The White House then released a list of schools that have not properly responded to sexual assault complaints. Campaigns like Know Your IX, which work to educate college students to know their rights under Title IX, are gaining national attention.

KnowYourIX

But with every step forward there have been reminders as to why dealing with the after is not enough.

The most poignant example surely is the recent tragedy at University of California, Santa Barbara. The shooter, Elliot Rodger, had connections to Men’s Rights Activist and Pick Up Artist groups, and shared with the world about his hate for women via YouTube.

This spring a female student at Harvard wrote a letter to the college paper, titled, “Dear Harvard: You Win.” The letter outlined how Harvard completely failed to do anything when she came forward and named her rapist.

A young man at Duke is actually suing the college because he was expelled after being charged with rape.

These incidents remind us that the problem is deeply rooted. We have been socialized to embrace rape culture. I say we because I am NOT exempt from it. I too fall prey to the effects of this system.

Nationally we have arrived at a point that Augsburg Against Gender Violence did, the now what? stage. What can we do with this information? More specifically how can we change the culture that allows and condones rape on college campuses?

Luckily there are people, groups, and organizations working on this effort all over the country. But they tend to be based at one school or one geographic location.

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Against Patriarchy: 20 Tools for Men to Further Feminist Revolution

ChrisCrassThis week’s post comes from Chris Crass, a longtime organizer working to build powerful working class-based, feminist, multiracial movements for collective liberation. Throughout the 1990s he was an organizer with Food Not Bombs. In the 2000s, he was an organizer with the Catalyst Project, which combines political education and organizing to develop and support anti-racist politics, leadership, and organization in White communities and builds dynamic multiracial alliances locally and nationally in the United States. He has written and spoken widely about anti-racist organizing, lessons from women of Color feminism, strategies to build visionary movements, and leadership for liberation. He is the author of Towards Collective Liberation: anti-racist organizing, feminist praxis, and movement building strategy published by PM Press.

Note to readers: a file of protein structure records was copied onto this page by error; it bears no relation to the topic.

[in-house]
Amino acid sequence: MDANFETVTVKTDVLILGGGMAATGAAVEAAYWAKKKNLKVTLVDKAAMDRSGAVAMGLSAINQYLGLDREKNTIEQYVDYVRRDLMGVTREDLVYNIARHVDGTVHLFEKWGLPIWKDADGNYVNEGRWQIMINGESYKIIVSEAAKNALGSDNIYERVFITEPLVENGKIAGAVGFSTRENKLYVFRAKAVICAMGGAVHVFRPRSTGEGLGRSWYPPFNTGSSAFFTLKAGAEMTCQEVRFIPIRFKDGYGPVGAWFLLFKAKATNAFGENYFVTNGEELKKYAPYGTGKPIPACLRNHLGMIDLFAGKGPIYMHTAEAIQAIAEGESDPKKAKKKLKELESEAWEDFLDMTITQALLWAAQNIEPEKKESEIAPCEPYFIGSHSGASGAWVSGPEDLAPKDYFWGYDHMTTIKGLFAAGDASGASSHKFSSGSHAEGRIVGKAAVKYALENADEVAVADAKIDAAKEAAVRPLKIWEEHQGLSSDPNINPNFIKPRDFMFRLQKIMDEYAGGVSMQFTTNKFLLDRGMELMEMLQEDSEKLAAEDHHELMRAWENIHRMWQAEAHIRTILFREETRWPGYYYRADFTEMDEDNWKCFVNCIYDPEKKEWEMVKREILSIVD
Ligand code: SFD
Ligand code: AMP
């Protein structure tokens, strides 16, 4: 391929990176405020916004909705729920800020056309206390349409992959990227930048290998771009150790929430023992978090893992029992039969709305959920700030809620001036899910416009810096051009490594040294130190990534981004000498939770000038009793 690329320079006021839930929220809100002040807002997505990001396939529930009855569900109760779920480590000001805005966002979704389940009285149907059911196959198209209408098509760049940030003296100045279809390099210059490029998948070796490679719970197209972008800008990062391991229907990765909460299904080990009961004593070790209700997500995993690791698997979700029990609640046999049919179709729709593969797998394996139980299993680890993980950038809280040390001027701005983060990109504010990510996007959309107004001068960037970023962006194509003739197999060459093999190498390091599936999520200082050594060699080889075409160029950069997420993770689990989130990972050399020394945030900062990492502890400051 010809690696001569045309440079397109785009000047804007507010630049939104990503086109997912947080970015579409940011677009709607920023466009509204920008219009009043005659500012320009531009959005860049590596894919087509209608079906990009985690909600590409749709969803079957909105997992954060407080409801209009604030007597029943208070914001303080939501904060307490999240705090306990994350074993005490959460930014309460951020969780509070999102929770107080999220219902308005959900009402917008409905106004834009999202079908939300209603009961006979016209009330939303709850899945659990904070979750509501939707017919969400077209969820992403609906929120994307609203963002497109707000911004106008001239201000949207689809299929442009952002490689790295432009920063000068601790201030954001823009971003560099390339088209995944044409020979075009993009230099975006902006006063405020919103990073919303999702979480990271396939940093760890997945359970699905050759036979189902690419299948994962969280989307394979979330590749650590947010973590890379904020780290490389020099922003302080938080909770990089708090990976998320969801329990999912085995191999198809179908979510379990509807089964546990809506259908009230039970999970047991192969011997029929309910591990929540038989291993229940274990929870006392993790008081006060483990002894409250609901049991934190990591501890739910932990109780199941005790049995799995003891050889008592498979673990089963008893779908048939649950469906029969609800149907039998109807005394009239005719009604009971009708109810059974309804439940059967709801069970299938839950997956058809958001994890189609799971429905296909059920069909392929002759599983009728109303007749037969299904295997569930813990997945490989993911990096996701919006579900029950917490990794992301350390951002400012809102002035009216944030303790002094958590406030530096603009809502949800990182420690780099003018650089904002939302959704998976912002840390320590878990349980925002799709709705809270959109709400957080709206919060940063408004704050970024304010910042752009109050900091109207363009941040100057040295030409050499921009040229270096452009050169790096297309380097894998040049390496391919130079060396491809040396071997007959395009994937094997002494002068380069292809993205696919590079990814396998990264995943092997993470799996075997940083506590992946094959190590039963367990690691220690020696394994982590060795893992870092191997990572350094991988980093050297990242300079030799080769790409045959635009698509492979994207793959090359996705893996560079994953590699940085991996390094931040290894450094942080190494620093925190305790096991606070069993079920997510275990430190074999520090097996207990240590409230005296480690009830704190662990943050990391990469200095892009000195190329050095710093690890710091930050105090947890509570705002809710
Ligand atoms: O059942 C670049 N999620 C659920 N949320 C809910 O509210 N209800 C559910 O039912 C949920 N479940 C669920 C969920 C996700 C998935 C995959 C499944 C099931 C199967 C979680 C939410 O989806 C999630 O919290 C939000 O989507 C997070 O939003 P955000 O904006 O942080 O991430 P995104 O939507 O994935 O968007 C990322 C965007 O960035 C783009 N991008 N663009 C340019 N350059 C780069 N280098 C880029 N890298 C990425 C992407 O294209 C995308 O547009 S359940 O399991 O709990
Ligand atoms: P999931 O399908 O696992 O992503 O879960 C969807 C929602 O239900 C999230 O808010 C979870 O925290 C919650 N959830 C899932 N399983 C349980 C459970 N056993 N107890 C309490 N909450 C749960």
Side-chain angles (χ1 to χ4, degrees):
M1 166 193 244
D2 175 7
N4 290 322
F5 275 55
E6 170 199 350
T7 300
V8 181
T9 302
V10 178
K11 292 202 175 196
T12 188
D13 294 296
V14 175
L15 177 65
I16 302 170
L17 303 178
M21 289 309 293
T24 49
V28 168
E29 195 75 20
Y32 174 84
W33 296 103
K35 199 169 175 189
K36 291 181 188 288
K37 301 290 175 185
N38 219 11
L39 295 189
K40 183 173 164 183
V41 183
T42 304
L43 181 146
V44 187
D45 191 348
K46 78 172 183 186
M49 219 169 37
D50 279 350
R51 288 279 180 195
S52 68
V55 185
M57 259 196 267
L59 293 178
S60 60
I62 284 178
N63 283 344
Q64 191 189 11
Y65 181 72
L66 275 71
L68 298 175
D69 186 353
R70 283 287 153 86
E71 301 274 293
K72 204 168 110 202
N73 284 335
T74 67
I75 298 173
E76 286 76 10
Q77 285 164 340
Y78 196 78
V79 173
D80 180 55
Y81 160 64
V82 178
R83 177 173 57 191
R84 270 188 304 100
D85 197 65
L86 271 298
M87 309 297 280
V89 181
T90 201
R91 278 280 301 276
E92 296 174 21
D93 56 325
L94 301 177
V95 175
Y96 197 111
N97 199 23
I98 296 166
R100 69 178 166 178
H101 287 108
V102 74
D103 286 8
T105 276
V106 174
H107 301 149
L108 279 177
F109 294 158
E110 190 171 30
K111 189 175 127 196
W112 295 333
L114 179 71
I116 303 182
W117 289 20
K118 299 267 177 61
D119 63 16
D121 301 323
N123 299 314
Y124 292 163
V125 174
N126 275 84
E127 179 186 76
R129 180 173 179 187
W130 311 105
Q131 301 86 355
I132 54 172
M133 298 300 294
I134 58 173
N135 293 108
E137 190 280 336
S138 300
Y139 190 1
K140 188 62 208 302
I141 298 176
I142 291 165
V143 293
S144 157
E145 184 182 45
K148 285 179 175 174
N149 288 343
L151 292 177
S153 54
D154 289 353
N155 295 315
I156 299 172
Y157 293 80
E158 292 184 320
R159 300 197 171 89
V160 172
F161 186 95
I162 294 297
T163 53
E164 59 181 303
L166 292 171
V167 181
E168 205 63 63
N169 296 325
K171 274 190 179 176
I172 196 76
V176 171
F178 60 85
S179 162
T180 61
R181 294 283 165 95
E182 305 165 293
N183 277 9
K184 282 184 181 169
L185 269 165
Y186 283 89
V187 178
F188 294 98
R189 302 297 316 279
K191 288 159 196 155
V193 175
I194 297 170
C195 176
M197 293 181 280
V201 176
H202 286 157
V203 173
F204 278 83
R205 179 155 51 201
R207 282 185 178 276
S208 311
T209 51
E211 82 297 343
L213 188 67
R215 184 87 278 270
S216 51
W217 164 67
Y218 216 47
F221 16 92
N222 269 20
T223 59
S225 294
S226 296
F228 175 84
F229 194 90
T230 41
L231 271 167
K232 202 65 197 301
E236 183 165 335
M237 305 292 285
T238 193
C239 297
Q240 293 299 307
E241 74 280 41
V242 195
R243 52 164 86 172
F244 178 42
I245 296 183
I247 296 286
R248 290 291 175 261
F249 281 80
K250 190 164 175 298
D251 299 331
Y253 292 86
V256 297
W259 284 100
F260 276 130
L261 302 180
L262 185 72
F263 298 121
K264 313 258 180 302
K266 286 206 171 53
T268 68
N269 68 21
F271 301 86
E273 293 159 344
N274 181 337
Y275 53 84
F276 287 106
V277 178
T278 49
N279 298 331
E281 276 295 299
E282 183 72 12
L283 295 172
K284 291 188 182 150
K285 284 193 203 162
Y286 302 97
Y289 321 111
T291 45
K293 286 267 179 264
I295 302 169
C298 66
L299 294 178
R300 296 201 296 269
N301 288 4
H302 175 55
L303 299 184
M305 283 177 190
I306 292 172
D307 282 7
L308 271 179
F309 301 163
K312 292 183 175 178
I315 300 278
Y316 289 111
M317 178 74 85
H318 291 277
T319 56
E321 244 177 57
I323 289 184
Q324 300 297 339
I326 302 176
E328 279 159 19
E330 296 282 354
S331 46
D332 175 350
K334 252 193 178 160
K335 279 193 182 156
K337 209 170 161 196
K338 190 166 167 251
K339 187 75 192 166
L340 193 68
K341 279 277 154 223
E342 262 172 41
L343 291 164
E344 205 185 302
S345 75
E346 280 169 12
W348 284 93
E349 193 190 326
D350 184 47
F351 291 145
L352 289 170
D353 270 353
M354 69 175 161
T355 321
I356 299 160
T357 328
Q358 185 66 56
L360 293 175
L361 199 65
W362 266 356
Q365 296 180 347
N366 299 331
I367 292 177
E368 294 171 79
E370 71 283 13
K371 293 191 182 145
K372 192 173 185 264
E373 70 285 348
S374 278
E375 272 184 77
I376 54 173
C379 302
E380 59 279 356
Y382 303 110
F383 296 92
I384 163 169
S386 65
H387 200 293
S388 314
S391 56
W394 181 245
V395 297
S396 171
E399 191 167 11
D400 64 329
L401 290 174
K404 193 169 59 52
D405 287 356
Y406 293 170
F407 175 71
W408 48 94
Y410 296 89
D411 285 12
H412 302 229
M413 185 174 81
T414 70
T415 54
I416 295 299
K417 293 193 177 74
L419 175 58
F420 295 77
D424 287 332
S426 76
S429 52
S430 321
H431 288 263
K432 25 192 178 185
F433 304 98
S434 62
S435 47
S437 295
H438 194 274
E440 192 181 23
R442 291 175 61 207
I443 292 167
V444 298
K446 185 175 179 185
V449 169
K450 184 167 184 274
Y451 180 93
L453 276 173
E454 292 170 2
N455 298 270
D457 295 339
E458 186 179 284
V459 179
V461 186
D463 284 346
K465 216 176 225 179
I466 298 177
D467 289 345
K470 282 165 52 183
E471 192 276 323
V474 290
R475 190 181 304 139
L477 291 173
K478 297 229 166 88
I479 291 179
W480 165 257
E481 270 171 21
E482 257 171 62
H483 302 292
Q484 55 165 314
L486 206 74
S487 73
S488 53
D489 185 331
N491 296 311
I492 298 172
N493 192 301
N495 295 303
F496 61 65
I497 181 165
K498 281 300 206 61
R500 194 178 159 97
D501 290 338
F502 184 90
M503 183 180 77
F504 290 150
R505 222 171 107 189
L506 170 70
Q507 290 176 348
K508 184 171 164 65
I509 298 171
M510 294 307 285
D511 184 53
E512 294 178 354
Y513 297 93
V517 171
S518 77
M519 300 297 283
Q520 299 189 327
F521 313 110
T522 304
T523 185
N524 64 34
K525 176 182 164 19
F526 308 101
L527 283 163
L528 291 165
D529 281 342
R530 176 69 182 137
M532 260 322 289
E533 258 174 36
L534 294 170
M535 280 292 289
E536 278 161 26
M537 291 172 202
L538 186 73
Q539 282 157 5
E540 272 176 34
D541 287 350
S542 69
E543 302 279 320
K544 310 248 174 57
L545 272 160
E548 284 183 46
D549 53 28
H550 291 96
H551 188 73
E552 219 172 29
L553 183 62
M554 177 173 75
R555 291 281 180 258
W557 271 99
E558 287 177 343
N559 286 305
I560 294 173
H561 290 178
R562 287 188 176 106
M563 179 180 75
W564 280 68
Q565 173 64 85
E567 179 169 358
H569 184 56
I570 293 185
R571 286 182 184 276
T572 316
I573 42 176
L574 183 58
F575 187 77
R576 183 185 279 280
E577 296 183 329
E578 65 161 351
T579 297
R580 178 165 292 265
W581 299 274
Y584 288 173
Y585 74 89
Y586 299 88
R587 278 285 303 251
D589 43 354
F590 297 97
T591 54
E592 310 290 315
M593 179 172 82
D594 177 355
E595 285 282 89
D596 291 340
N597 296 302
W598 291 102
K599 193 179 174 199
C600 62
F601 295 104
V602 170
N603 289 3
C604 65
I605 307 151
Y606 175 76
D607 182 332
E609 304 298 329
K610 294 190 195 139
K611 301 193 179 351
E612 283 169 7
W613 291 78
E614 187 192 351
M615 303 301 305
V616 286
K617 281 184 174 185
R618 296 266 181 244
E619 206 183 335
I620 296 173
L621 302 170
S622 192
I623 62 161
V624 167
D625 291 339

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Men in Feminism

For all of us who are men who believe in social justice, who want healthy and beautiful lives for our loved ones, and who are working for positive change in the world, let us commit or re-commit to making feminism central in our lives, values, and actions.

Black feminist scholar bell hooks writes, “When women and men understand that working to eradicate patriarchal domination is a struggle rooted in the longing to make a world where everyone can live fully and freely, then we know our work to be a gesture of love.” She continues, “Let us draw upon that love to heighten our awareness, deepen our compassion, intensify our courage, and strengthen our commitment.” It is time for men in the millions to take courageous action in our society to further feminist revolution.